By Conn Iggulden
Random House, 2011
Book Four in the Conqueror Series
Synopsis: The one and only Conn Iggulden takes on the story of the mighty Kublai Khan. An epic tale of a great and heroic mind; his action-packed rule; and how in conquering one-fifth of the world’s inhabited land, he changed the course of history forever. A scholar who conquered an empire larger than those of Alexander or Caesar. A warrior who would rule a fifth of the world with strength and wisdom. A man who betrayed a brother to protect a nation. From a young scholar to one of history’s most powerful warriors, Conqueror tells the story of Kublai Khan – an extraordinary man who should be remembered alongside Julius Caesar, Alexander the Great and Napoleon Bonaparte as one of the greatest conquerors the world has ever known. It should have been a golden age, with an empire to dwarf the lands won by the mighty Genghis Khan. Instead, the vast Mongol nation is slowly losing ground, swallowed whole by their most ancient enemy. A new generation has arisen, yet the long shadow of the Great Khan still hangs over them all … Kublai dreams of an empire stretching from sea to sea. But to see it built, this scholar must first learn the art of war. He must take his nation’s warriors to the ends of the known world. And when he is weary, when he is wounded, he must face his own brothers in bloody civil war.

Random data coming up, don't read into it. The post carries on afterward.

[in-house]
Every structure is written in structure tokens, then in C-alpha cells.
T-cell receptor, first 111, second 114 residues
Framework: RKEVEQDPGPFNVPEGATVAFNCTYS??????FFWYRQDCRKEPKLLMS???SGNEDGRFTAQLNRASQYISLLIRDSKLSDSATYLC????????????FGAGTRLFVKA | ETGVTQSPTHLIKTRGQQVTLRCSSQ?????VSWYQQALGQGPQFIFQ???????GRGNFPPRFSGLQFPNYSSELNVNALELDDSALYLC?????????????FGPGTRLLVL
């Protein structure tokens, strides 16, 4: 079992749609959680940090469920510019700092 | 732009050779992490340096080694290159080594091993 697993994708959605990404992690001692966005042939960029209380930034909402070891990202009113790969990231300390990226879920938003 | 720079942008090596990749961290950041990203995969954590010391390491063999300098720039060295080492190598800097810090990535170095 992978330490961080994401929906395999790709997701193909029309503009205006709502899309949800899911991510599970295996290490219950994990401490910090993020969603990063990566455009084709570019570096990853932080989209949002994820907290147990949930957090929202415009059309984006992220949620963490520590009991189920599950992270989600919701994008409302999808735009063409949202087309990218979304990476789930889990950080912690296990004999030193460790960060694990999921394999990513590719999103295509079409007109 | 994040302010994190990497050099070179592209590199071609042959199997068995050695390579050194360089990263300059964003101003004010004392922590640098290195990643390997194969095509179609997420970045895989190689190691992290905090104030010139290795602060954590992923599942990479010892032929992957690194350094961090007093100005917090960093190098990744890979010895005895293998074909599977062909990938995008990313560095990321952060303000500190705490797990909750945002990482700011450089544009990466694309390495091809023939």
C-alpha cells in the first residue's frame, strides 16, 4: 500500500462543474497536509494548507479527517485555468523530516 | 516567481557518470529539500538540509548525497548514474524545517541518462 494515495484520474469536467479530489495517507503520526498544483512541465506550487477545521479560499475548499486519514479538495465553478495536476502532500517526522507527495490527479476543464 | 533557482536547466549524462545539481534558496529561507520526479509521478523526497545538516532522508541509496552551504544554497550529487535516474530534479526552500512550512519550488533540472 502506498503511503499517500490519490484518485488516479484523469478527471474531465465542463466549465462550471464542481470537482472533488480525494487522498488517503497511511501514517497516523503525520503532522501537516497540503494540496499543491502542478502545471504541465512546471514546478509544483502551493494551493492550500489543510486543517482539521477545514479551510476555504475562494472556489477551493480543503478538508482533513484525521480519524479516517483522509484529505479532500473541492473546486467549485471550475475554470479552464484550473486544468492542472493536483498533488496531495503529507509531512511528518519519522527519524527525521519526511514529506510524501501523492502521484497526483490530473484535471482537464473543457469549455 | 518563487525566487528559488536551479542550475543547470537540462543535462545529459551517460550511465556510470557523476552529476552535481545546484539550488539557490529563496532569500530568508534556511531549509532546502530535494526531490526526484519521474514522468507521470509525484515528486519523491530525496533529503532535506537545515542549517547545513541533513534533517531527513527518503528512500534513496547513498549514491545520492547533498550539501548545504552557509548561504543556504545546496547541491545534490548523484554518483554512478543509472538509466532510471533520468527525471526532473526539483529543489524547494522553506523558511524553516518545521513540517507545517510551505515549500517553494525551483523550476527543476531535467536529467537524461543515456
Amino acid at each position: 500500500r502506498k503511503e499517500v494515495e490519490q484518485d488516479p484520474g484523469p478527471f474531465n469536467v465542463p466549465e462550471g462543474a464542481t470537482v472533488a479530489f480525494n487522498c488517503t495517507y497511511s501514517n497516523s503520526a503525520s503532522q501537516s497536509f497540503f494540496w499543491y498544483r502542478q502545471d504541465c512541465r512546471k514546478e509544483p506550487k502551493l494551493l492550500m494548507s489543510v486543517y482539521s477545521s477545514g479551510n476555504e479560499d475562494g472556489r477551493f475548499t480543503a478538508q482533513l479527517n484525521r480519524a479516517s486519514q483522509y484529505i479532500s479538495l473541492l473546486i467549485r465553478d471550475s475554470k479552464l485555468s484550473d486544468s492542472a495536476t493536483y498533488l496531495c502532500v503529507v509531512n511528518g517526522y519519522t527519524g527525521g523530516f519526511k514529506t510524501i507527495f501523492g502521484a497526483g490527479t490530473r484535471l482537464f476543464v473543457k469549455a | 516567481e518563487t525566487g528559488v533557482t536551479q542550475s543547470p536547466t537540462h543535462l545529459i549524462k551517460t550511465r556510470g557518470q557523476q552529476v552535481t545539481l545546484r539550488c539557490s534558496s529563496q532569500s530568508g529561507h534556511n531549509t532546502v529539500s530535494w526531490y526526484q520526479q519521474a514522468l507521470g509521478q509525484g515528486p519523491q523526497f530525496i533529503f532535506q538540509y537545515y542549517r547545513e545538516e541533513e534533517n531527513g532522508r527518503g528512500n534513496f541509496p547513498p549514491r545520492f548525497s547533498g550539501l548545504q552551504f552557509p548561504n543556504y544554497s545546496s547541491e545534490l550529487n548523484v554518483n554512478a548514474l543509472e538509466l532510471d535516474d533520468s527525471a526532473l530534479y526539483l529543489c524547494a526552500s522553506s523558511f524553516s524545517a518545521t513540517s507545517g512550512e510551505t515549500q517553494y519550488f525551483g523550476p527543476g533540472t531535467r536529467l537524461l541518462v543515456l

A video interview from an earlier book
Conquering the epics – a profile of Conn Iggulden from the Mail and Guardian – “His novels read almost like film scripts, rewritten for the man in the street. This they have in common with the books of Iggulden’s hero, James Clavell, who began as a scriptwriter. Iggulden says the book he has brought along to read again during his tour is Clavell’s Tai-Pan.”
Review from LibraryThing – “As always, Iggulden’s writing is very big and bold. Dialogue is straight forward, but more subtle when Kublai is involved. Like the other books in this series, the reader is introduced to the world and culture of the Mongols and, to a lesser extent, 13th century China.”